Clintonemail.com: A Cautionary Call To Action - InformationWeek

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3/23/2015
11:50 AM
Joe Stanganelli
Joe Stanganelli
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Clintonemail.com: A Cautionary Call To Action

As former Secretary of State Hillary Clinton becomes ever more embattled in the press and in politics because of her personal email usage, we can draw lessons for enterprises and employees alike on contending with Shadow IT.

(Image: Blueboss via Pixabay)

(Image: Blueboss via Pixabay)

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kstaron
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50%
kstaron,
User Rank: Ninja
3/30/2015 | 3:22:25 PM
do you want control or ease of use?
If you want strict regulatory control over email, then you simply can't have a BYOD policy other than no BYOD. If employees are forced to use their work email over their work phone then there is very little room for confusion. Then if something like this happens it's much more likely it was intentional and not 'just an accident'.
Todder
50%
50%
Todder,
User Rank: Moderator
3/26/2015 | 2:17:15 PM
Re: Device or Service?
If you want better security then any usage must be fully governed and BYOD doesn't allow for that, and even after that, what is stopping a person using another device, say a hotel "share" system & commit the same acts.


This becomes the cost of doing business.
zerox203
100%
0%
zerox203,
User Rank: Ninja
3/24/2015 | 3:02:36 PM
Re: Clintonemail.com: A Catuonary Call To Action
I very much agree with your overall takeaway here, Joe; communications-based security concerns (be they e-mail or otherwise) are a persistent, legitimate issue, and they aren't going away any time soon. If nothing else, the fact that the Secretary of State was, at some level, infracting on this is evidence that this goes up to the highest level possible - and that there's no doubt it affects everyone in-between. I do think the ramifications of this specific story are being inflated a bit by other, click-hungry publications (Gawker called it a 'secret' e-mail adress, haha) - it's worth noting that Mrs. Clinton already turned over all the e-mails from this account to public officials for review, and (according to herself) wants the public to see them. There's a lesson in there about tact and incident response (an important component) for CXOs, too. Nevertheless, we are talking about one of the highest offices in the world.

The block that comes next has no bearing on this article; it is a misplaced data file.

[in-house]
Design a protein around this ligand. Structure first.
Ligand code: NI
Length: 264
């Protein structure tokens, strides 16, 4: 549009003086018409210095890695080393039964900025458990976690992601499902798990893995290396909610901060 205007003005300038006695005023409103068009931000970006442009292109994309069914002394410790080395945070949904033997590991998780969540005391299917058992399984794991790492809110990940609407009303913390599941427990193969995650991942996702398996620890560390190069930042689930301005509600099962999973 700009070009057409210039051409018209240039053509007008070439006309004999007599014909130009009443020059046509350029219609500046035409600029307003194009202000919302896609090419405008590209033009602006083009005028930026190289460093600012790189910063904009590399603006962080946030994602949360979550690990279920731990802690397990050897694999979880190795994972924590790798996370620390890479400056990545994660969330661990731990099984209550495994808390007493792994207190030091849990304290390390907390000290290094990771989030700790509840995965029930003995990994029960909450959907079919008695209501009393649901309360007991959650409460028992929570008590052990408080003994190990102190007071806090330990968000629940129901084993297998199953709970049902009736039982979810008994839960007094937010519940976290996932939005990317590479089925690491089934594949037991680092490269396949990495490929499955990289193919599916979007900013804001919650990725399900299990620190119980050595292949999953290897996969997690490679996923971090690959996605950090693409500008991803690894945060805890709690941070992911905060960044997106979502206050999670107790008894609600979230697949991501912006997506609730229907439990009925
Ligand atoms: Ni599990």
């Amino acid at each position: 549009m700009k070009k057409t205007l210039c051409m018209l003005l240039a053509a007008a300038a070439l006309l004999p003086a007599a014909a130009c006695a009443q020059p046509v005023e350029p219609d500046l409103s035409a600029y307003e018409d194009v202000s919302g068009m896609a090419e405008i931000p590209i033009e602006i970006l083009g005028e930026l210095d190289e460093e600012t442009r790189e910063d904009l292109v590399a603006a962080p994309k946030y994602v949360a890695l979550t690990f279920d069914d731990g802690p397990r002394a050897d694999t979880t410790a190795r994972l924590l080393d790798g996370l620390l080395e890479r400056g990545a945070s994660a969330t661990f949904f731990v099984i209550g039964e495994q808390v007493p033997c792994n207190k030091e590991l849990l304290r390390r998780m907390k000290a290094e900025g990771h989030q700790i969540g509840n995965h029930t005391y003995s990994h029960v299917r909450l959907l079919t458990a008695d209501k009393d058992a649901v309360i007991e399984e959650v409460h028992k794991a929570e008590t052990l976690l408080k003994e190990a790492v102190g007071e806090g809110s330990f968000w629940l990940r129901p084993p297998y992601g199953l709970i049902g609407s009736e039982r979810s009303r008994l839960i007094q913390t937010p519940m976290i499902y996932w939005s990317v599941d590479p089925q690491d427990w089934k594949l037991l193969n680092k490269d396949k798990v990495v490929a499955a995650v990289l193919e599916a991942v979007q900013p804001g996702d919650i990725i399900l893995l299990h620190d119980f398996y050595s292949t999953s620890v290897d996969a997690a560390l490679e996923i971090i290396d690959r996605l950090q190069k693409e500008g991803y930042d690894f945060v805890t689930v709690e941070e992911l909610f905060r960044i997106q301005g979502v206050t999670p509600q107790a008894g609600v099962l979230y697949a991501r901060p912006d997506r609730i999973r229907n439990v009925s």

There's no shortage of issues here on the technical side (the need for a good MDM solution comes to mind), but I agree with your position that the non-technical is often just as or more relevant. Many security pros advocate mitigation and DR over prevention, and that seems relevant here. Whether willfully or accidentally, users are inevitably going to violate your policies. When you mentioned monitoring private e-mail, I couldn't help but think 'even if you did that, they would just give you a phony e-mail to monitor, and then use another one'. Expecting outside partners to adhere strictly to your policies also seems like a bridge too far outside of extremely sensitive industries (IE financial, gov't contractors) - after all, it's not like you'd want to adhere to theirs. I think it's more about finding a good fit and figuring out what's absolutely essential to you and what's an acceptable risk.
jastroff
100%
0%
jastroff,
User Rank: Ninja
3/24/2015 | 10:58:53 AM
Device or Service?
Yes, BYOD does contribute to the issues you outline

But what also makes it possible is all the free email services, free  or low cost texting, free chat services.

One can have half a dozen free email accounts from different places. As long as these free services are around, the problem may never be solved
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